Since the 1800s, Old Colony Mennonites have conducted their lives far away from the rest of society. The most insular and conservative sect of the Mennonite Church, they reject mainstream schooling, speak Low German, adhere to strict, gendered dress codes, and shun modern technology. Although cameras are also prohibited among the group, the photographer Larry Towell befriended, lived with, and documented Old Colony farming communities in rural Canada and Mexico throughout the 1990s, a time when many members were forced from their traditional agrarian lifestyles into exploitative migrant farm work and underpaid menial labor to feed their large families.
The Mennonites (GOST Books, 2022) records Towell’s decade among the Mennonites as they struggle to hold on amid changing times and hard luck. Out of print for the past 20 years, the newly edited, updated, and revised book features more than 100 photos, including 40 that have never before been published. Towell’s gritty and haunting black-and-white snapshots of Old Colony life are accompanied by his visceral, diaristic texts detailing his observations and relationships with the people he encountered. His book reveals a little-seen, isolated world and raises significant questions about the unforgiving impact of tradition on human autonomy, identity, and quality of life. The Mennonites feels especially pertinent today, as many countries, including the United States, turn increasingly toward restrictive dictates based on religion.
Hardship seems an insufficient term to describe what’s going on in most of Towell’s photos. Beyond the dirt floors and dust storms, labor and hunger dominate his project. Old Colony members’ rejection of electricity, rubber tires, cars, and other innovations makes their labor infinitely more arduous, and we see the resulting precarity in their sparse meals and rough interiors. Hard, physical work like milking cows and picking crops is executed by everyone, from aging adults to small children. These blue-eyed, blonde kids dressed in quaint, doll-like dresses and overalls convey the difficulty and difference of this way of life perhaps more than anything else in Towell’s book. In an especially striking picture, a small boy in Mexico’s Durango Colony stands beside a plowed field, looking at himself in a cracked mirror, his face a mask devoid of any youth or joy.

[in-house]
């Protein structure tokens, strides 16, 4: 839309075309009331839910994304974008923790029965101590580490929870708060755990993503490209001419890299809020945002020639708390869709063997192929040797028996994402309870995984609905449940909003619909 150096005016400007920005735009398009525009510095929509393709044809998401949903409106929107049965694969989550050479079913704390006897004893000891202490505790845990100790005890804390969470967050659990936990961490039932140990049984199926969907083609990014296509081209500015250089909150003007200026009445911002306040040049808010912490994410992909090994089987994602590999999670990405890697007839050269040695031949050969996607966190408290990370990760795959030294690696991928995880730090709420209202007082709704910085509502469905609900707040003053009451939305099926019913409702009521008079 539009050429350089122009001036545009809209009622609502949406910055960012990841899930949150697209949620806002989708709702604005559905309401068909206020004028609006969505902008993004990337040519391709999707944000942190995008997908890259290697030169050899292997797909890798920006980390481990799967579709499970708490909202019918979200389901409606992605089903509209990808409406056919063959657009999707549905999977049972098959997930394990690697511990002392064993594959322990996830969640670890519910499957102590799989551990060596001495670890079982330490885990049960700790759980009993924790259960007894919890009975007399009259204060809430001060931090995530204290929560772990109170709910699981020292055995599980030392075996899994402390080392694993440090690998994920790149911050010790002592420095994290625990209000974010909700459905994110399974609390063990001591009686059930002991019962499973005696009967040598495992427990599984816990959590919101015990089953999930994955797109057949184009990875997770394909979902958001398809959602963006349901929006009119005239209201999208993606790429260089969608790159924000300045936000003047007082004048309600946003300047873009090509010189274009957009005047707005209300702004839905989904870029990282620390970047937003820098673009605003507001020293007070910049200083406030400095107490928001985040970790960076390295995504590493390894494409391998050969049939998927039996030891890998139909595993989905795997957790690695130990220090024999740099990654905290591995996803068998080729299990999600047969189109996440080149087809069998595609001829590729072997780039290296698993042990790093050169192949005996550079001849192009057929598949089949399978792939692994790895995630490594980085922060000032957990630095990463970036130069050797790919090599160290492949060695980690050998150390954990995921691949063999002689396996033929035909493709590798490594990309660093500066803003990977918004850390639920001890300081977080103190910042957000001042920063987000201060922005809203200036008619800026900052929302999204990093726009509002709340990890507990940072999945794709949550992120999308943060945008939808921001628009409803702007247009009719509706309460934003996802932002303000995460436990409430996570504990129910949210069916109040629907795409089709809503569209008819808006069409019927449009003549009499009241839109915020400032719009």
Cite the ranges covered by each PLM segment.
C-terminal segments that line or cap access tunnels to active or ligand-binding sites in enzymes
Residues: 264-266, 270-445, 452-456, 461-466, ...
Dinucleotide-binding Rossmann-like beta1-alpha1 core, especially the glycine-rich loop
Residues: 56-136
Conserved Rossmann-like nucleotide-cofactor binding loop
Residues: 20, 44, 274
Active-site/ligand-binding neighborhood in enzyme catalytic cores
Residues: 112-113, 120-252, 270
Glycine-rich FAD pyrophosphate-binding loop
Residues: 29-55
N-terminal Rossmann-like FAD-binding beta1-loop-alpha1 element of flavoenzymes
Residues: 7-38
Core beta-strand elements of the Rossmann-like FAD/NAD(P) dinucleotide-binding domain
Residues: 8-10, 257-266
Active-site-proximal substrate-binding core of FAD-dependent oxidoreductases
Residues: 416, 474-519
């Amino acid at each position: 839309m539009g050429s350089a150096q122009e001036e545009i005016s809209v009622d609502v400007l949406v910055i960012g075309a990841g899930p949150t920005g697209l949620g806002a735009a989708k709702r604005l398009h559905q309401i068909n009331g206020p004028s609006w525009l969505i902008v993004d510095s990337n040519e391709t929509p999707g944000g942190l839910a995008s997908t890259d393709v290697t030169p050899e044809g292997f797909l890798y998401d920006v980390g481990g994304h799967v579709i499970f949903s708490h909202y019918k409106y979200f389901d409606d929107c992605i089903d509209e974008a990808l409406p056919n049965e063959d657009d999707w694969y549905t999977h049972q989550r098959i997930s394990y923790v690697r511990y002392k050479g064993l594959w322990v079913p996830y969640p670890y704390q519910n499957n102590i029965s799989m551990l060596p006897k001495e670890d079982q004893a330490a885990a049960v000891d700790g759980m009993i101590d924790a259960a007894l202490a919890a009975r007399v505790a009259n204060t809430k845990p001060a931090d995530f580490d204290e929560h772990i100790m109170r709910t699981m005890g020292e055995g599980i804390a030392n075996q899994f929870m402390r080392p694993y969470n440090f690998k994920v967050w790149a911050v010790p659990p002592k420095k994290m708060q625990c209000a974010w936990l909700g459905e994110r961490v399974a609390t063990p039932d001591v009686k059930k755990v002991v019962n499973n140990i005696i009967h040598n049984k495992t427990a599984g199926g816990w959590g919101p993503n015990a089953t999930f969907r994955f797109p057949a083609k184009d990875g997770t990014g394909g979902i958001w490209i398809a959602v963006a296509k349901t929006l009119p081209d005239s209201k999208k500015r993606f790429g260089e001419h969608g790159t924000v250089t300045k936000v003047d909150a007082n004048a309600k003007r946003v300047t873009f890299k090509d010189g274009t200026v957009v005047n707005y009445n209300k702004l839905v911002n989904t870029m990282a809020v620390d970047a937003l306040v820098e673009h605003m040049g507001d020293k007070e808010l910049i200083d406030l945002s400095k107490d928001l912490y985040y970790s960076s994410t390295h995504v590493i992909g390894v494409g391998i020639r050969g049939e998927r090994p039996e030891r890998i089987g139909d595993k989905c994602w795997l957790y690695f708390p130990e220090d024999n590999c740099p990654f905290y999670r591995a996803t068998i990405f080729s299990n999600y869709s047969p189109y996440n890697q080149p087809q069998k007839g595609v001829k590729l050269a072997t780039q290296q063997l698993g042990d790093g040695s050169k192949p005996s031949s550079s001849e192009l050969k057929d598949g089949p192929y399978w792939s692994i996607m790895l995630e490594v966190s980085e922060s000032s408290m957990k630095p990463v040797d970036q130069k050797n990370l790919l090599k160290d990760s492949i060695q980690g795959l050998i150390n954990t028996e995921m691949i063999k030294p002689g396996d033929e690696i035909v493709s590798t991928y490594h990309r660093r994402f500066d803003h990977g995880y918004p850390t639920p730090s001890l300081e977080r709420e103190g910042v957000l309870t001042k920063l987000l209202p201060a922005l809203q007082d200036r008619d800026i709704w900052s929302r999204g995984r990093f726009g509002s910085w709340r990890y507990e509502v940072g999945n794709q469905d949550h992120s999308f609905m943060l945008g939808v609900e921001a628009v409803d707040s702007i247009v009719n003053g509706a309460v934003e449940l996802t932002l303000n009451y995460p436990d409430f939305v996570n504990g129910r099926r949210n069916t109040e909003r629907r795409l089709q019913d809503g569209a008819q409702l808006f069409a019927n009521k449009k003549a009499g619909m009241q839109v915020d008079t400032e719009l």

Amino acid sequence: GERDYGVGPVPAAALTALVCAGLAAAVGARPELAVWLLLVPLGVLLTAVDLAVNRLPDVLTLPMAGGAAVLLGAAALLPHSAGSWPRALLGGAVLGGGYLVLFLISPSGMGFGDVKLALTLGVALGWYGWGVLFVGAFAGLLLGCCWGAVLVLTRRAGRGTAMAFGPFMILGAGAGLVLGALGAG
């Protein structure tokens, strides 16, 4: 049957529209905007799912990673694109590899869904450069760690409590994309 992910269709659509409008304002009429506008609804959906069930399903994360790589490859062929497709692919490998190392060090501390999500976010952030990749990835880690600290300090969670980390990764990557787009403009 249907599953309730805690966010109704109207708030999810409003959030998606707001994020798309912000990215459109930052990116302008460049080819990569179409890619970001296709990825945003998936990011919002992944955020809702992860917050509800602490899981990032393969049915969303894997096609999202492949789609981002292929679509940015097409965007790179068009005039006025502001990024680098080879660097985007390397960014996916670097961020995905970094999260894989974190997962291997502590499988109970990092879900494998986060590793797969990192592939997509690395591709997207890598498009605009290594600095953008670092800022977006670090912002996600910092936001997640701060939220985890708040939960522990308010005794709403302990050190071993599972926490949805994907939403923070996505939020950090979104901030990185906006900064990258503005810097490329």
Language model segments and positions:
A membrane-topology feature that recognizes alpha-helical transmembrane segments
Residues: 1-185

The intensity of Towell’s photos is matched by his writing. The Mennonites he meets are often in dire straits. For example, Towell describes one who, distrusting mainstream medicine and lacking funds, pulled out some of his own infected teeth with pliers at his kitchen table. In another entry, Towell accompanies a Mennonite family of 10 on a harrowing journey from Canada to Mexico, where, over several days and many car breakdowns, the family subsists on little more than Coke and mayonnaise sandwiches. Still, Towell’s pictures and texts don’t come off as voyeuristic or essentializing. They are deeply unsettling, but the artist refuses to pass judgment — he leaves that to the reader. With its roots in the 16th-century Dutch Reformation, how much longer can the Old Colony ways last? How much longer should they?
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